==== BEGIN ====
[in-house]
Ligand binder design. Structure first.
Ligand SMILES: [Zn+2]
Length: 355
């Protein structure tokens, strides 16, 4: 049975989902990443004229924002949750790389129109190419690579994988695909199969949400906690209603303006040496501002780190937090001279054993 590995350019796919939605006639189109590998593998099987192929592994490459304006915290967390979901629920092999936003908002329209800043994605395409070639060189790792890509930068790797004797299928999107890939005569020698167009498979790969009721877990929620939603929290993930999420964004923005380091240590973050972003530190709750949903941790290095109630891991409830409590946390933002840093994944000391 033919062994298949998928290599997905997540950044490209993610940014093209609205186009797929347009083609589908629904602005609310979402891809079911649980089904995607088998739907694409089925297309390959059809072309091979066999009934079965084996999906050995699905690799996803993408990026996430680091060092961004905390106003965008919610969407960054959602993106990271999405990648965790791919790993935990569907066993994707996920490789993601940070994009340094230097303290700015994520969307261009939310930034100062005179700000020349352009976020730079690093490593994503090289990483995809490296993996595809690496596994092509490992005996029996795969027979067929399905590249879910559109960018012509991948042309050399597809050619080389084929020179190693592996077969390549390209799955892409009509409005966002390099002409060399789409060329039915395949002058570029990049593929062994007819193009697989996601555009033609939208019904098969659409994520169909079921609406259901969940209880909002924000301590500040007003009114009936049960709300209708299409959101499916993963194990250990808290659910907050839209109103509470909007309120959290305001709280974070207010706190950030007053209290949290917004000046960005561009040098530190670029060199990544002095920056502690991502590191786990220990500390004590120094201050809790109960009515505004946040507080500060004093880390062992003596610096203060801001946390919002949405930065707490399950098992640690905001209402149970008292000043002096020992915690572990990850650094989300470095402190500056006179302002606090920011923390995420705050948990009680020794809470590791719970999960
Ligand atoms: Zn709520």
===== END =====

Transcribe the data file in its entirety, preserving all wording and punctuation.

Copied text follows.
[in-house]
Ligand binder design. Structure first.
Ligand SMILES: [Zn+2]
Length: 355
């Protein structure tokens, strides 16, 4: 049975989902990443004229924002949750790389129109190419690579994988695909199969949400906690209603303006040496501002780190937090001279054993 590995350019796919939605006639189109590998593998099987192929592994490459304006915290967390979901629920092999936003908002329209800043994605395409070639060189790792890509930068790797004797299928999107890939005569020698167009498979790969009721877990929620939603929290993930999420964004923005380091240590973050972003530190709750949903941790290095109630891991409830409590946390933002840093994944000391 033919062994298949998928290599997905997540950044490209993610940014093209609205186009797929347009083609589908629904602005609310979402891809079911649980089904995607088998739907694409089925297309390959059809072309091979066999009934079965084996999906050995699905690799996803993408990026996430680091060092961004905390106003965008919610969407960054959602993106990271999405990648965790791919790993935990569907066993994707996920490789993601940070994009340094230097303290700015994520969307261009939310930034100062005179700000020349352009976020730079690093490593994503090289990483995809490296993996595809690496596994092509490992005996029996795969027979067929399905590249879910559109960018012509991948042309050399597809050619080389084929020179190693592996077969390549390209799955892409009509409005966002390099002409060399789409060329039915395949002058570029990049593929062994007819193009697989996601555009033609939208019904098969659409994520169909079921609406259901969940209880909002924000301590500040007003009114009936049960709300209708299409959101499916993963194990250990808290659910907050839209109103509470909007309120959290305001709280974070207010706190950030007053209290949290917004000046960005561009040098530190670029060199990544002095920056502690991502590191786990220990500390004590120094201050809790109960009515505004946040507080500060004093880390062992003596610096203060801001946390919002949405930065707490399950098992640690905001209402149970008292000043002096020992915690572990990850650094989300470095402190500056006179302002606090920011923390995420705050948990009680020794809470590791719970999960
Ligand atoms: Zn709520």